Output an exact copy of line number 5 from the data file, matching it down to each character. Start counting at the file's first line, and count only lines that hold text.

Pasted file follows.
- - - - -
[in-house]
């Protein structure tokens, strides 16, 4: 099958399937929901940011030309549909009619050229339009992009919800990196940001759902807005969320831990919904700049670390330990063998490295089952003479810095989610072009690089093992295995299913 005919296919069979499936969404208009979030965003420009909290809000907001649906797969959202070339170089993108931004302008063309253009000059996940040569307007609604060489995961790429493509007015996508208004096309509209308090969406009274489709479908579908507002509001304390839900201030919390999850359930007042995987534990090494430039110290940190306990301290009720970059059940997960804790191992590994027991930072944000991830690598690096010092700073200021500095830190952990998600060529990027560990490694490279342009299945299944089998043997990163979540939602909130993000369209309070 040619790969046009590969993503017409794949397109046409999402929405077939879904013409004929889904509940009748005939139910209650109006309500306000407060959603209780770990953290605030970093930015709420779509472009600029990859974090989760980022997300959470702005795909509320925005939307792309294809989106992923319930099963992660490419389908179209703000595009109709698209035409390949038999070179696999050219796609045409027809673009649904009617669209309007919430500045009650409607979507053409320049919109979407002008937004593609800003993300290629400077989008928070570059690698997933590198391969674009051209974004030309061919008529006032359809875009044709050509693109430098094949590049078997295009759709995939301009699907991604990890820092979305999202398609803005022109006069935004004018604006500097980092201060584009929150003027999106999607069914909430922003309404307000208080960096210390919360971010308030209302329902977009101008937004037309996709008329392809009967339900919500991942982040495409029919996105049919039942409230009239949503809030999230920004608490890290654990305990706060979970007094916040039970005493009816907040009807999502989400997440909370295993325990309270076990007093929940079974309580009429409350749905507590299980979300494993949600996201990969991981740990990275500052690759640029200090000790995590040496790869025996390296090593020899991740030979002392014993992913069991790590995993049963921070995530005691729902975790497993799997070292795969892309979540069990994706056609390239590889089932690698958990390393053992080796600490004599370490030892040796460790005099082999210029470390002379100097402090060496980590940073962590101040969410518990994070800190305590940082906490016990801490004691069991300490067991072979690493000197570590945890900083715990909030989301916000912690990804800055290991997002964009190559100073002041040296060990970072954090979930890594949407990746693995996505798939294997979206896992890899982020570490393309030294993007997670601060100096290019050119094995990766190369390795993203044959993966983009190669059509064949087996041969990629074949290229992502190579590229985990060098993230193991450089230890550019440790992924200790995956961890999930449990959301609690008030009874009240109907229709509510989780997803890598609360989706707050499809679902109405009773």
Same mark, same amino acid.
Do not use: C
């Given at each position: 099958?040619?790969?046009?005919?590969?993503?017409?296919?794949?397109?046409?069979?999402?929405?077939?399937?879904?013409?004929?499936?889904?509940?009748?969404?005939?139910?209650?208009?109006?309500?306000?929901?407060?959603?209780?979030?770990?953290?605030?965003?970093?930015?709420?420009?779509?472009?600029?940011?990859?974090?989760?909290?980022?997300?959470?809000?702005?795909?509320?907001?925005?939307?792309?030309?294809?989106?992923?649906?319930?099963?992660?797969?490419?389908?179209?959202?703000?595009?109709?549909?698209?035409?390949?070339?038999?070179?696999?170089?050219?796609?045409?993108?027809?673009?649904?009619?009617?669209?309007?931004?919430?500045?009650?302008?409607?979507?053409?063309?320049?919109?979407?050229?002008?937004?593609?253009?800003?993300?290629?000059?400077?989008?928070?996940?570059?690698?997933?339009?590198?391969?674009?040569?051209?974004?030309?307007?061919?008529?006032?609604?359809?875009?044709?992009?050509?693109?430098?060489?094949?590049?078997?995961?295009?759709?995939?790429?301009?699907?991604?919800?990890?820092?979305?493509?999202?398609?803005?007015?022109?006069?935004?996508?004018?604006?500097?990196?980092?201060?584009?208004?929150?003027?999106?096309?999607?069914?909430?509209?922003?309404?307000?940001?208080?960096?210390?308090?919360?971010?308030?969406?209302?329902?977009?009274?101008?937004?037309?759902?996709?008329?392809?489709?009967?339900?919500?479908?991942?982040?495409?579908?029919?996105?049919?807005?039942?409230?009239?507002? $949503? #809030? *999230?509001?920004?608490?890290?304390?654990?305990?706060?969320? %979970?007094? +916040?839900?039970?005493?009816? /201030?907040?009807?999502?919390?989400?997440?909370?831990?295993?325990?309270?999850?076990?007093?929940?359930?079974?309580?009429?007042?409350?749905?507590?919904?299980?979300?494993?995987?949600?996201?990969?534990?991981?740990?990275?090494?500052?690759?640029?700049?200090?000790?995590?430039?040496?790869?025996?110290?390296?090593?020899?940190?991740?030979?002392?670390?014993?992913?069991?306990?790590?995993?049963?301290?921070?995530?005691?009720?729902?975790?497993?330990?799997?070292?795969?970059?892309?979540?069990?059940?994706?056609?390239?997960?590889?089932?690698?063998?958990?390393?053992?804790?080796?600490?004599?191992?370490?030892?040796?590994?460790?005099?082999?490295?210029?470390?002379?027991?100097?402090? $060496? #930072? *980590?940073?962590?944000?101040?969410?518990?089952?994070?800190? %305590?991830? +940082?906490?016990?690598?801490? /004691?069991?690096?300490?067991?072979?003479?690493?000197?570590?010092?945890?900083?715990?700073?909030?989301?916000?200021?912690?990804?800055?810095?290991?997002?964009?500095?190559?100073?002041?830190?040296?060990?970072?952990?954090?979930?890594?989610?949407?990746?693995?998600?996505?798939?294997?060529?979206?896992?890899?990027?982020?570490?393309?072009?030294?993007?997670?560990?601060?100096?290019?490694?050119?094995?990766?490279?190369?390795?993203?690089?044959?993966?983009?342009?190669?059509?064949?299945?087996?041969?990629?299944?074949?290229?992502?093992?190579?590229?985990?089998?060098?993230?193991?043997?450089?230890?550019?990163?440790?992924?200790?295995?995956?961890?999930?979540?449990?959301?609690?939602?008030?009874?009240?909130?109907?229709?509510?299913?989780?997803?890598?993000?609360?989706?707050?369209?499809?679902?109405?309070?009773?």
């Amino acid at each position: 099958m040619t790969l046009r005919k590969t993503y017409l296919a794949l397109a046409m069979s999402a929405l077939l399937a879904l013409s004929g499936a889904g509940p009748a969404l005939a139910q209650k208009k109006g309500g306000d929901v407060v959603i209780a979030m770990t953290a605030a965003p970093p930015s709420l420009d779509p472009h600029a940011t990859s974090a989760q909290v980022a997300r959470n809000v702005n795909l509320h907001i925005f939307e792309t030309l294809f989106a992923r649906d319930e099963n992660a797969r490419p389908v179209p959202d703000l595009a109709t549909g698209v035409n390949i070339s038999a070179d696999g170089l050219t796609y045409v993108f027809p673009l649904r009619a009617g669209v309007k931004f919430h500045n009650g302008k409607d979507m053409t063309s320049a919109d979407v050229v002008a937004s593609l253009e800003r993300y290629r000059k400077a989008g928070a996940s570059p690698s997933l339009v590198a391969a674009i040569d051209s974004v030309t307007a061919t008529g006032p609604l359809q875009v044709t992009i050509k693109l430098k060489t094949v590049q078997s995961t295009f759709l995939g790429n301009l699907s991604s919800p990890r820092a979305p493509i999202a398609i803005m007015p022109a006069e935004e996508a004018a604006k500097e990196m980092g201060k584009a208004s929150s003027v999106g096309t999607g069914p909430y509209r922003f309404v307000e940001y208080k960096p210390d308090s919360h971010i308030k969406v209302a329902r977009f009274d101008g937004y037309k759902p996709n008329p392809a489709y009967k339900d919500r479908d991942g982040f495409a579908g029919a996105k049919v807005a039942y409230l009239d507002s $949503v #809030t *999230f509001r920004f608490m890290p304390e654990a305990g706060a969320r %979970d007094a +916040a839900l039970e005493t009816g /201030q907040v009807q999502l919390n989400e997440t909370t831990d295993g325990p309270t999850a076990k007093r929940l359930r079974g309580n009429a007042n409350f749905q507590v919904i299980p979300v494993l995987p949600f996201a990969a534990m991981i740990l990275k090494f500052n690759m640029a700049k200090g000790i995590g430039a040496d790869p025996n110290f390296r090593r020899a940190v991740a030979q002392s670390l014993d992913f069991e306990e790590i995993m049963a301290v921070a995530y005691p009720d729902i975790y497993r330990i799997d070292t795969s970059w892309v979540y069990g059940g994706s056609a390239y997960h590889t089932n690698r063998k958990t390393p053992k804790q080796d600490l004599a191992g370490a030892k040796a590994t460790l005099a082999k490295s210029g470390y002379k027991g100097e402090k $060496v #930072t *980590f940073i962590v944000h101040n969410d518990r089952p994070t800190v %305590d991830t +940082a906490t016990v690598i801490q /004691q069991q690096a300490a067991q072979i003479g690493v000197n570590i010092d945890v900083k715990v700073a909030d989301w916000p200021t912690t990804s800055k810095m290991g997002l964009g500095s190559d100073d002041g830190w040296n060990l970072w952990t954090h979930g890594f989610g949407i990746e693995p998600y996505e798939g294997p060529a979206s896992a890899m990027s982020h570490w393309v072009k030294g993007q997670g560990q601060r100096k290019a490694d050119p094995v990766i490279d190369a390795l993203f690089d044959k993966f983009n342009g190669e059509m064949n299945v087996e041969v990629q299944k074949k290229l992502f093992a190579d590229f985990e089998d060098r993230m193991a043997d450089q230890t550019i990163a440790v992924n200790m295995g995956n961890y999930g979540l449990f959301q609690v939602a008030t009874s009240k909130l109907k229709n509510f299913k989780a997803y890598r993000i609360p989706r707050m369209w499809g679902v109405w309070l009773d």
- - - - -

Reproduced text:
């Given at each position: 099958?040619?790969?046009?005919?590969?993503?017409?296919?794949?397109?046409?069979?999402?929405?077939?399937?879904?013409?004929?499936?889904?509940?009748?969404?005939?139910?209650?208009?109006?309500?306000?929901?407060?959603?209780?979030?770990?953290?605030?965003?970093?930015?709420?420009?779509?472009?600029?940011?990859?974090?989760?909290?980022?997300?959470?809000?702005?795909?509320?907001?925005?939307?792309?030309?294809?989106?992923?649906?319930?099963?992660?797969?490419?389908?179209?959202?703000?595009?109709?549909?698209?035409?390949?070339?038999?070179?696999?170089?050219?796609?045409?993108?027809?673009?649904?009619?009617?669209?309007?931004?919430?500045?009650?302008?409607?979507?053409?063309?320049?919109?979407?050229?002008?937004?593609?253009?800003?993300?290629?000059?400077?989008?928070?996940?570059?690698?997933?339009?590198?391969?674009?040569?051209?974004?030309?307007?061919?008529?006032?609604?359809?875009?044709?992009?050509?693109?430098?060489?094949?590049?078997?995961?295009?759709?995939?790429?301009?699907?991604?919800?990890?820092?979305?493509?999202?398609?803005?007015?022109?006069?935004?996508?004018?604006?500097?990196?980092?201060?584009?208004?929150?003027?999106?096309?999607?069914?909430?509209?922003?309404?307000?940001?208080?960096?210390?308090?919360?971010?308030?969406?209302?329902?977009?009274?101008?937004?037309?759902?996709?008329?392809?489709?009967?339900?919500?479908?991942?982040?495409?579908?029919?996105?049919?807005?039942?409230?009239?507002? $949503? #809030? *999230?509001?920004?608490?890290?304390?654990?305990?706060?969320? %979970?007094? +916040?839900?039970?005493?009816? /201030?907040?009807?999502?919390?989400?997440?909370?831990?295993?325990?309270?999850?076990?007093?929940?359930?079974?309580?009429?007042?409350?749905?507590?919904?299980?979300?494993?995987?949600?996201?990969?534990?991981?740990?990275?090494?500052?690759?640029?700049?200090?000790?995590?430039?040496?790869?025996?110290?390296?090593?020899?940190?991740?030979?002392?670390?014993?992913?069991?306990?790590?995993?049963?301290?921070?995530?005691?009720?729902?975790?497993?330990?799997?070292?795969?970059?892309?979540?069990?059940?994706?056609?390239?997960?590889?089932?690698?063998?958990?390393?053992?804790?080796?600490?004599?191992?370490?030892?040796?590994?460790?005099?082999?490295?210029?470390?002379?027991?100097?402090? $060496? #930072? *980590?940073?962590?944000?101040?969410?518990?089952?994070?800190? %305590?991830? +940082?906490?016990?690598?801490? /004691?069991?690096?300490?067991?072979?003479?690493?000197?570590?010092?945890?900083?715990?700073?909030?989301?916000?200021?912690?990804?800055?810095?290991?997002?964009?500095?190559?100073?002041?830190?040296?060990?970072?952990?954090?979930?890594?989610?949407?990746?693995?998600?996505?798939?294997?060529?979206?896992?890899?990027?982020?570490?393309?072009?030294?993007?997670?560990?601060?100096?290019?490694?050119?094995?990766?490279?190369?390795?993203?690089?044959?993966?983009?342009?190669?059509?064949?299945?087996?041969?990629?299944?074949?290229?992502?093992?190579?590229?985990?089998?060098?993230?193991?043997?450089?230890?550019?990163?440790?992924?200790?295995?995956?961890?999930?979540?449990?959301?609690?939602?008030?009874?009240?909130?109907?229709?509510?299913?989780?997803?890598?993000?609360?989706?707050?369209?499809?679902?109405?309070?009773?």